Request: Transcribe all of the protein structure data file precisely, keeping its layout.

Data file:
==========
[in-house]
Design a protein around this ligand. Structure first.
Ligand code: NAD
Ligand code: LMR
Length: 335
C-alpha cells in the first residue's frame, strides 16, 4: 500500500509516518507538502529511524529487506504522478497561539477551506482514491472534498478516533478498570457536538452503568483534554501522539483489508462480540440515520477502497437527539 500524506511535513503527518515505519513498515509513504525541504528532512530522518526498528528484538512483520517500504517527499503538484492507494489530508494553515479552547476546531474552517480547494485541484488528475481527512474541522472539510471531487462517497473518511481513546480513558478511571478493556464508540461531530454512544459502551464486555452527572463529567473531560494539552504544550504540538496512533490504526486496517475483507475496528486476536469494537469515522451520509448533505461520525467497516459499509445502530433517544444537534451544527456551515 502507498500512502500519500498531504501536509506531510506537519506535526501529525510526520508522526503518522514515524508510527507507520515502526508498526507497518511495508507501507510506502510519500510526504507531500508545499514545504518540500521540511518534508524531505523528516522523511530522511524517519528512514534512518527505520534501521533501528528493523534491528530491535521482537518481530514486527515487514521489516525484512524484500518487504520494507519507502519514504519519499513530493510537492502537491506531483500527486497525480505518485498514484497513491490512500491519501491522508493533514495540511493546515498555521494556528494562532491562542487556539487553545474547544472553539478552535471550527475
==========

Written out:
[in-house]
Design a protein around this ligand. Structure first.
Ligand code: NAD
Ligand code: LMR
Length: 335
C-alpha cells in the first residue's frame, strides 16, 4: 500500500509516518507538502529511524529487506504522478497561539477551506482514491472534498478516533478498570457536538452503568483534554501522539483489508462480540440515520477502497437527539 500524506511535513503527518515505519513498515509513504525541504528532512530522518526498528528484538512483520517500504517527499503538484492507494489530508494553515479552547476546531474552517480547494485541484488528475481527512474541522472539510471531487462517497473518511481513546480513558478511571478493556464508540461531530454512544459502551464486555452527572463529567473531560494539552504544550504540538496512533490504526486496517475483507475496528486476536469494537469515522451520509448533505461520525467497516459499509445502530433517544444537534451544527456551515 502507498500512502500519500498531504501536509506531510506537519506535526501529525510526520508522526503518522514515524508510527507507520515502526508498526507497518511495508507501507510506502510519500510526504507531500508545499514545504518540500521540511518534508524531505523528516522523511530522511524517519528512514534512518527505520534501521533501528528493523534491528530491535521482537518481530514486527515487514521489516525484512524484500518487504520494507519507502519514504519519499513530493510537492502537491506531483500527486497525480505518485498514484497513491490512500491519501491522508493533514495540511493546515498555521494556528494562532491562542487556539487553545474547544472553539478552535471550527475